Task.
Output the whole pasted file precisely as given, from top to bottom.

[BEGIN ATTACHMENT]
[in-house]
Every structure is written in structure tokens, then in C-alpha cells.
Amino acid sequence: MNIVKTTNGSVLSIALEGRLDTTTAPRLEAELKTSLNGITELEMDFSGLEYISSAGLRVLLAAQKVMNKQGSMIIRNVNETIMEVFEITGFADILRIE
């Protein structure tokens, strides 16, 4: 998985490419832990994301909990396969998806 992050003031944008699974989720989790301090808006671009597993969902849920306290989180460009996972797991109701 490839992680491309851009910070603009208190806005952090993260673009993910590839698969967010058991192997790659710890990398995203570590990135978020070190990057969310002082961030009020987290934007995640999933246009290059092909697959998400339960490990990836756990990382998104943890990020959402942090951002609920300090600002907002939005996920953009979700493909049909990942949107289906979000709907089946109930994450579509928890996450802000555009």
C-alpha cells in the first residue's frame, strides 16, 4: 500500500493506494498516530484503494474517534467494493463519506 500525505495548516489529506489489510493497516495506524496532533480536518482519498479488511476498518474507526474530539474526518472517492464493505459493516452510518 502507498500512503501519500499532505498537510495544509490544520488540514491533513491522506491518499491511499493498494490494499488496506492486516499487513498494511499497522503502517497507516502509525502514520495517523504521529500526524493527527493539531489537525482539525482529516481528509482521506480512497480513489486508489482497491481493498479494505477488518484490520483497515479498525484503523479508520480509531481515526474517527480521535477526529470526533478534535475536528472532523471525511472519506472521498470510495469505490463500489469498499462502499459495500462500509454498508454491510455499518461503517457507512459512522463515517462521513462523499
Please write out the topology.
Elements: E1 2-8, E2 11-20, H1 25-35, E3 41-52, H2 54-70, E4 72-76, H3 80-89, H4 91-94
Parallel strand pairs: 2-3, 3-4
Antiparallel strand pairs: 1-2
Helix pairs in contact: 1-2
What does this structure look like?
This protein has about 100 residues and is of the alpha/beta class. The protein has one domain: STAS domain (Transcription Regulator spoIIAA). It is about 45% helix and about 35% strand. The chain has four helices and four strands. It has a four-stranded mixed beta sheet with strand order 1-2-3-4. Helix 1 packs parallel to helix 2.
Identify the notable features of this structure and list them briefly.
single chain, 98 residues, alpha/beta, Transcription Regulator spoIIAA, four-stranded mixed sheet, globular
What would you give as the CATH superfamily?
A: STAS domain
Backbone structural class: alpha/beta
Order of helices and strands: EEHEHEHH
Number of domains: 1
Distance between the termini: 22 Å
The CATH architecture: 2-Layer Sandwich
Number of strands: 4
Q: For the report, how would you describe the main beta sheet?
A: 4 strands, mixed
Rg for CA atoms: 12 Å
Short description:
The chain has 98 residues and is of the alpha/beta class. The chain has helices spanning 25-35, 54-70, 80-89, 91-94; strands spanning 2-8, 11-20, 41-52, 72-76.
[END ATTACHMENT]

[in-house]
Every structure is written in structure tokens, then in C-alpha cells.
Amino acid sequence: MNIVKTTNGSVLSIALEGRLDTTTAPRLEAELKTSLNGITELEMDFSGLEYISSAGLRVLLAAQKVMNKQGSMIIRNVNETIMEVFEITGFADILRIE
């Protein structure tokens, strides 16, 4: 998985490419832990994301909990396969998806 992050003031944008699974989720989790301090808006671009597993969902849920306290989180460009996972797991109701 490839992680491309851009910070603009208190806005952090993260673009993910590839698969967010058991192997790659710890990398995203570590990135978020070190990057969310002082961030009020987290934007995640999933246009290059092909697959998400339960490990990836756990990382998104943890990020959402942090951002609920300090600002907002939005996920953009979700493909049909990942949107289906979000709907089946109930994450579509928890996450802000555009």
C-alpha cells in the first residue's frame, strides 16, 4: 500500500493506494498516530484503494474517534467494493463519506 500525505495548516489529506489489510493497516495506524496532533480536518482519498479488511476498518474507526474530539474526518472517492464493505459493516452510518 502507498500512503501519500499532505498537510495544509490544520488540514491533513491522506491518499491511499493498494490494499488496506492486516499487513498494511499497522503502517497507516502509525502514520495517523504521529500526524493527527493539531489537525482539525482529516481528509482521506480512497480513489486508489482497491481493498479494505477488518484490520483497515479498525484503523479508520480509531481515526474517527480521535477526529470526533478534535475536528472532523471525511472519506472521498470510495469505490463500489469498499462502499459495500462500509454498508454491510455499518461503517457507512459512522463515517462521513462523499
Please write out the topology.
Elements: E1 2-8, E2 11-20, H1 25-35, E3 41-52, H2 54-70, E4 72-76, H3 80-89, H4 91-94
Parallel strand pairs: 2-3, 3-4
Antiparallel strand pairs: 1-2
Helix pairs in contact: 1-2
What does this structure look like?
This protein has about 100 residues and is of the alpha/beta class. The protein has one domain: STAS domain (Transcription Regulator spoIIAA). It is about 45% helix and about 35% strand. The chain has four helices and four strands. It has a four-stranded mixed beta sheet with strand order 1-2-3-4. Helix 1 packs parallel to helix 2.
Identify the notable features of this structure and list them briefly.
single chain, 98 residues, alpha/beta, Transcription Regulator spoIIAA, four-stranded mixed sheet, globular
What would you give as the CATH superfamily?
A: STAS domain
Backbone structural class: alpha/beta
Order of helices and strands: EEHEHEHH
Number of domains: 1
Distance between the termini: 22 Å
The CATH architecture: 2-Layer Sandwich
Number of strands: 4
Q: For the report, how would you describe the main beta sheet?
A: 4 strands, mixed
Rg for CA atoms: 12 Å
Short description:
The chain has 98 residues and is of the alpha/beta class. The chain has helices spanning 25-35, 54-70, 80-89, 91-94; strands spanning 2-8, 11-20, 41-52, 72-76.